A Formerly Deaf Professional On How Disabled Job Applicants Can Close The Deal

After we corresponded by email a few times earlier this month, Suzanne Robitaille suggested I call her on the phone one afternoon to talk. For most people I work with as a freelance writer, that would be a pretty unremarkable suggestion. But it’s only been 10 years or so that Robitaille has been able to use a conventional telephone. She is legally deaf, and in 2002, she received a cochlear implant that artificially restored much of her hearing in one ear.

Before her surgery, Robitaille could only use a cumbersome TTY device in her work as a journalist, a special challenge in the era before email became ubiquitous. In those years, she worked for the Wall Street Journal and for Businessweek, where she wrote a column on assistive technology.

In 2009, Robitaille launched a blog about disability issues, which led to the creation of abledbody & co., a consultancy in which she works with companies engaging the disability community. Ablebody works with clients including the Think Beyond the Label campaign, which makes the case for businesses to hire people with disabilities. The campaign is working with the Brazen Careerist on an online job fair for people with disabilities on October 16. Robitaille spoke with me recently — by regular old telephone — about employers’ misconceptions about hiring disabled job applicants, her advice for navigating the hiring process if you have a disability, and what it was like to have people hang up on her early in her career.

Can you start by telling me a little bit about your career path before you started Ablebody?

I started as a journalist, and I went to journalism school and began my career right when the dot-com boom began. … Before my cochlear implant, I did everything with a TTY. People would hang up on me, it just wasn’t working. … Once I got the implant, I could hear. Not overnight — it took about a year — but it changed my life.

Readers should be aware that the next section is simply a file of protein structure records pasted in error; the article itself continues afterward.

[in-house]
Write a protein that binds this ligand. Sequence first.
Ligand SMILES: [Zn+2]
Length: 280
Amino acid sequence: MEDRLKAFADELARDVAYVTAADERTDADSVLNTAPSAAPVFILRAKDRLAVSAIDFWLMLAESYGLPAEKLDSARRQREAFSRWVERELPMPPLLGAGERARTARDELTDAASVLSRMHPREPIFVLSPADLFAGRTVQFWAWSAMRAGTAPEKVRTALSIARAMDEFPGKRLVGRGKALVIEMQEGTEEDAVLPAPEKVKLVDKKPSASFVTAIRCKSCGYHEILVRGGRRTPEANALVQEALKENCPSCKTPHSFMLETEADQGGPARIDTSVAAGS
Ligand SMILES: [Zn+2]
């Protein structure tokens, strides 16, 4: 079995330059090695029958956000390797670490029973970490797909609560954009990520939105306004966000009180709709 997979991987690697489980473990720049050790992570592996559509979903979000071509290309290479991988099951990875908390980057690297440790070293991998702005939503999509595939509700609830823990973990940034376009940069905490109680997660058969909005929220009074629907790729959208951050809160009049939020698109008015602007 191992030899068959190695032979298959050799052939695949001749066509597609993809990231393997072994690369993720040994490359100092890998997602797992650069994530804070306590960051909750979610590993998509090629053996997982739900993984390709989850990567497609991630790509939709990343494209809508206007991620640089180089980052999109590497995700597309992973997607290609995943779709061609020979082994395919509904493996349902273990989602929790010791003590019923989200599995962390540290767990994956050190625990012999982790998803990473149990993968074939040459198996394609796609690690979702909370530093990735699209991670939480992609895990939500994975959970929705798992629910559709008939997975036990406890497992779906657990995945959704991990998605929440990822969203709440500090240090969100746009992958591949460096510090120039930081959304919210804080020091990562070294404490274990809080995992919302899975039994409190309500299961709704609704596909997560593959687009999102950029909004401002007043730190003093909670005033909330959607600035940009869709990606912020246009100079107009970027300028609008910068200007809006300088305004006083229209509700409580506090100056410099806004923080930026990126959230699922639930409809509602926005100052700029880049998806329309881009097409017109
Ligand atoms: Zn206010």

With the TTY phone, you type what you want to say, and then an operator reads it to the person on the other end of the line?

It’s horrible. It’s kind of extinct now because of VOIP and text messaging. You can do more over the Internet, which makes things different from even eight years ago. That’s why I’m such a big supporter of assistive technology. … Using Google voicemail I can even get my voicemail transcribed.

Did people really hang up on you when you used the TTY phone?

If you go back to the Wall Street Journal in 2000, there was a lot of phone work involved in that particular position. I was able to convince them to put me in the overnight shift because I had the Asian experience [Robitalle had an internship in Hong Kong], because I couldn’t be on the phone. But they wouldn’t have hired me for a daytime shift [where she would have had to spend more time on the phone]. I’m grateful for every opportunity, but there are limits.

What was your experience in the job market like back then?

I didn’t put that I had a disability on my resume. I don’t recommend people do that. I would wait until I’m in the interview and meet the person I’m interviewing with. At Fortune 5000 companies, the HR manager reveals the kind of company it is. You get a sense of whether a company is open-minded and willing to make an accommodation and support someone with a disability. When I worked at McGraw Hill, which owned Businessweek … they were really helpful to me.

Whereas AmEx really didn’t do much. I had a difficulty at AmEx at once point. They have proprietary instant messaging software, but they wouldn’t let us use it, and I had to petition the IT department to come install it so I didn’t have to pick up the phone every time I wanted to [contact my employees] … So you can tell what kinds of companies are going to support you. You do your research about what the company values. They have to accommodate you by law, but it’s one thing to do right by the law and another thing to be cool about it.

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    • Tom Willard

      You contradicted yourself when you say she is “formerly deaf” in the headline and then say “she is legally deaf” in the first paragraph.

      Getting a cochlear implant does not make a person formerly deaf. They are dependent on the device and when they take it out for showers or bedtime they are just as deaf as ever.

      Also, there is no such thing as “legally deaf,” unless you want to explain what it means.

    • Tom Willard

      You contradicted yourself when you say she is “formerly deaf” in the headline and then say “she is legally deaf” in the first paragraph.

      Getting a cochlear implant does not make a person formerly deaf. They are dependent on the device and when they take it out for showers or bedtime they are just as deaf as ever.

      Also, there is no such thing as “legally deaf,” unless you want to explain what it means.

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